It was in the censorship of creative writing—principally of fiction— that the publishers and editors of Victorian magazines found the most pressing need to interfere with their contributors to avoid giving offense to their readers. While serving as editor of Bentley's Miscellany in 1837, Dickens wrote to an unnamed author of a paper which had been delayed in publication:

Mr. Bentley considers it too broad, although it does not strike me as so broad, as to render its insertion dangerous. The question is, whether you can so alter it, as to make the doubtful lady a mantua-maker and give the interview more of a "courting" character.[62]
In 1880 William Blackwood, who succeeded his uncle John as editor of the family magazine, warned a contributor about a passage in a serial novel. "Parsons," he said, "will tolerate any amount of looseness if you don't point it against themselves, and in a novel of this kind we do not want to provoke the Parsons."[63] Ten years later, in setting up his immensely successful Weekly, Arthur Pearson proclaimed as his motto "To Interest, to Elevate, to Amuse"; he promised a supply of pure fiction as well as the "tit-bits" of curious information which his master, George Newnes, had found so profitable; and he assured his readers that "from title to imprint no word or suggestion will ever appear that is capable of giving offense to the most fastidious."[64]

The history of the Cornhill—conducted for forty years under what


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Leslie Stephen called "the moral code proper to a popular magazine, the first commandment of which is 'Thou shalt not shock a young lady'"[65] furnishes perhaps the best examples of this phase of the problem. Mrs. Browning, contributing at Thackeray's request, sent "Lord Walter's Wife" (1861) and Thackeray rejected it, with apologies:
You see that our Magazine is written not only for men and women, but for boys, girls, infants, sucklings almost, and one of the best wives, mothers, women in the world, writes some verses, which I feel certain would be objected to by many of our readers—Not that the writer is not pure, and the moral tone pure chaste and right—but there are things my squeamish public will not hear on Mondays though on Sundays they listen to them without scruple. In your poem you know there is an account of unlawful passion felt by a man for a woman—and though you write pure doctrine and real modesty and pure ethics, I am sure our readers would make an outcry, and so I have not published this poem.[66]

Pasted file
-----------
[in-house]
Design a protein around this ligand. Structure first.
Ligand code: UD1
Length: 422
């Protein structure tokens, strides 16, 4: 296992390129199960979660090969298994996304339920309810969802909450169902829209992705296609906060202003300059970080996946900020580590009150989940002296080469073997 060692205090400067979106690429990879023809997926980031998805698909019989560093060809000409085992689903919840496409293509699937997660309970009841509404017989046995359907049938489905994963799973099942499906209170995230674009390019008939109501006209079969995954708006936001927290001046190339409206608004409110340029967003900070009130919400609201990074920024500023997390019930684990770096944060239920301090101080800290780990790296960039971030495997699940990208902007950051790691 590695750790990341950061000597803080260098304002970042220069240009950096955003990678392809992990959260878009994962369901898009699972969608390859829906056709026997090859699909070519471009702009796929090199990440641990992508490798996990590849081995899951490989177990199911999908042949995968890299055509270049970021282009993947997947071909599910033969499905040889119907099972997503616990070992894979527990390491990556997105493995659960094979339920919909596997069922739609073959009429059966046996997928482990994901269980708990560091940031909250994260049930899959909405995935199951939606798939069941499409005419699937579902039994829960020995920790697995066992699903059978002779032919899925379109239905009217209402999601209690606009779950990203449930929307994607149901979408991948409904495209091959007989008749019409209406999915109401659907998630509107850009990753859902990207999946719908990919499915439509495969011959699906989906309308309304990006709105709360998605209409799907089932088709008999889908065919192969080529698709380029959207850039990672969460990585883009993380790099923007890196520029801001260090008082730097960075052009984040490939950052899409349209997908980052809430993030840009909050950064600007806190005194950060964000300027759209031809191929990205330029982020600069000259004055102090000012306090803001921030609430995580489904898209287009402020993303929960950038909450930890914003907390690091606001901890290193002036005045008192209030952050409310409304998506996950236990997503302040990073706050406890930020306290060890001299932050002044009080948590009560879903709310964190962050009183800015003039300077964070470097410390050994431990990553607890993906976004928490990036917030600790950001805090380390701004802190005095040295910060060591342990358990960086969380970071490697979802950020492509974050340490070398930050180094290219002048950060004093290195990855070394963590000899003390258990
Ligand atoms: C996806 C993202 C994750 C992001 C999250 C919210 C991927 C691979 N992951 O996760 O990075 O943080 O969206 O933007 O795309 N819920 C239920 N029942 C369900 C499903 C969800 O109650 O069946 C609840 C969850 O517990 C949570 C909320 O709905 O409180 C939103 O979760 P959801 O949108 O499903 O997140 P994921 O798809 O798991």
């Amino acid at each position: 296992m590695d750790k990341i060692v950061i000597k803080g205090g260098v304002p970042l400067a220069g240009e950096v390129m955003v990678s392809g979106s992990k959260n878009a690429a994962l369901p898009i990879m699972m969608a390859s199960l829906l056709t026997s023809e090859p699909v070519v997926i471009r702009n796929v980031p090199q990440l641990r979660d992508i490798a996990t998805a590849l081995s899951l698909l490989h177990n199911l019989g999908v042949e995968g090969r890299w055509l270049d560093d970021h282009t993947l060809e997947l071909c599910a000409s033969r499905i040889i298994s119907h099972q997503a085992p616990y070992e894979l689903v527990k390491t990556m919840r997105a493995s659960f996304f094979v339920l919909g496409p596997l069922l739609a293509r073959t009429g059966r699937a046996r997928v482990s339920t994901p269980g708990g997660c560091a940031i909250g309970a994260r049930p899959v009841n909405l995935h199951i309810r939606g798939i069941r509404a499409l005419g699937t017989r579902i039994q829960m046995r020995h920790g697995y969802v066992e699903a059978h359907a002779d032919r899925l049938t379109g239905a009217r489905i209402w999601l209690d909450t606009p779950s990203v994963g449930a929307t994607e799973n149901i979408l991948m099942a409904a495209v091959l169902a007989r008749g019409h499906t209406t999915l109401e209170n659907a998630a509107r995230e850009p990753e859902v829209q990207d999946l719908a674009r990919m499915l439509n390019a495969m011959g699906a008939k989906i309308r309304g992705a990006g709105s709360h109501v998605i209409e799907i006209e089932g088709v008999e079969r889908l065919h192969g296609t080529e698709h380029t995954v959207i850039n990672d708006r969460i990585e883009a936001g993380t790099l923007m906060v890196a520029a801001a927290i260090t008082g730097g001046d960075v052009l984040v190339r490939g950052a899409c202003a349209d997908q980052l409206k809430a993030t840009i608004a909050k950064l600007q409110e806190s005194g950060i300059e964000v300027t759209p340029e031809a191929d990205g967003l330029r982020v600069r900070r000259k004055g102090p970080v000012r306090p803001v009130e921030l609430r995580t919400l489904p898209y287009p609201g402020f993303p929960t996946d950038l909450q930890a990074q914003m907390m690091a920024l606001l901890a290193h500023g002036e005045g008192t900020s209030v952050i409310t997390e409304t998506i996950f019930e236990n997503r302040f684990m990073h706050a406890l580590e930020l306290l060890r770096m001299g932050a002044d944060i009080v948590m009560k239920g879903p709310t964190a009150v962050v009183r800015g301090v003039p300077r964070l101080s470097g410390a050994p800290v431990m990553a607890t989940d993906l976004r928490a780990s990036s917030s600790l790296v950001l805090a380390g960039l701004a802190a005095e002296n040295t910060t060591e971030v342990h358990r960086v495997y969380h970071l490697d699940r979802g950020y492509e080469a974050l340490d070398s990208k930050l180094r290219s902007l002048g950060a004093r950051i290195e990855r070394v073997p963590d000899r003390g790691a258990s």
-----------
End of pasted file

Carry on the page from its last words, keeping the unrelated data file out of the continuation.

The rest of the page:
When Thackeray turned down Trollope's short story "Mrs. General Talboys" on the ground that allusion is made in it to a man with illegitimate children and to a woman not as pure as she should be, Trollope wrote understandingly:
An impartial Editor must do his duty. Pure morals must be supplied. And the owner of the responsible name must be the index of the purity. A writer for a periodical makes himself subject to this judgement by undertaking such work, and a man who allows himself to be irritated because judgement goes against himself is an ass.
He defended himself none the less by reference to other novelists, including Thackeray. "You speak of the squeamishness of 'our people,'" he added. "Are you not magnanimous enough to feel that you write urbi et orbi:—for the best and wisest of English readers; and not mainly for the weakest?"[67] Leslie Stephen, editor in the seventies, had to continue such censorship. His troubles with Thomas Hardy will be discussed later; other contributors were also carefully watched.


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"The fear of Mrs. Grundy was ever before his eyes, and this rendered him inexorable," W. E. Norris recalled.[68] And in the nineties when Reginald Smith, George Smith's son-in-law, became editor, contributors complained of his propriety: he would not permit such words as "stays" or "corsets" to appear in the magazine.[69]

A number of Victorian writers, including Trollope, Charles Reade, and Wilkie Collins, were made to undergo bowdlerization by magazine editors.[70] The most striking example of this was Thomas Hardy, who was plagued during his whole career as novelist by problems of this sort. When two instalments of Far from the Madding Crowd had appeared in the Cornhill, Leslie Stephen wrote urging that Fanny's seduction be treated in a gingerly fashion. "I mean," he wrote, "that the thing must be stated, but that the words must be careful." Complaints from readers had been received about a passage of rustic humor already published. When the novel appeared in book form, the Times singled out the very passage for quotation and commendation, and Hardy was triumphant. Stephen replied, "I spoke as editor, not as man. You have no more consciousness of these things than a child."[71] So in The Hand of Ethelberta Stephen asked Hardy to change "amorous" to "sentimental," and to "Remember the country parson's daughters. I have always to remember them!" After reading the opening chapters of The Return of the Native, Stephen feared that the story would develop into something dangerous for a family magazine, and Hardy wrote no more for the Cornhill.[72] In Belgravia, however, where the novel did appear, it had to be substantially softened, especially as to the past actions and future intentions of the tempestuous Eustacia.[73] The Mayor of Casterbridge, A Group of Noble Dames, and Tess all were subjected to similar censorship in the Graphic, The Woodlanders in Macmillan's, and Jude in Harper's (American and English editions simultaneously). Before sending Jude Hardy had promised that it would be "a tale that could not offend the most fastidious maiden"; but the first instalments brought protest from H. M. Alden, editor of Harper's. He wrote, "My objections are based on a purism (not mine,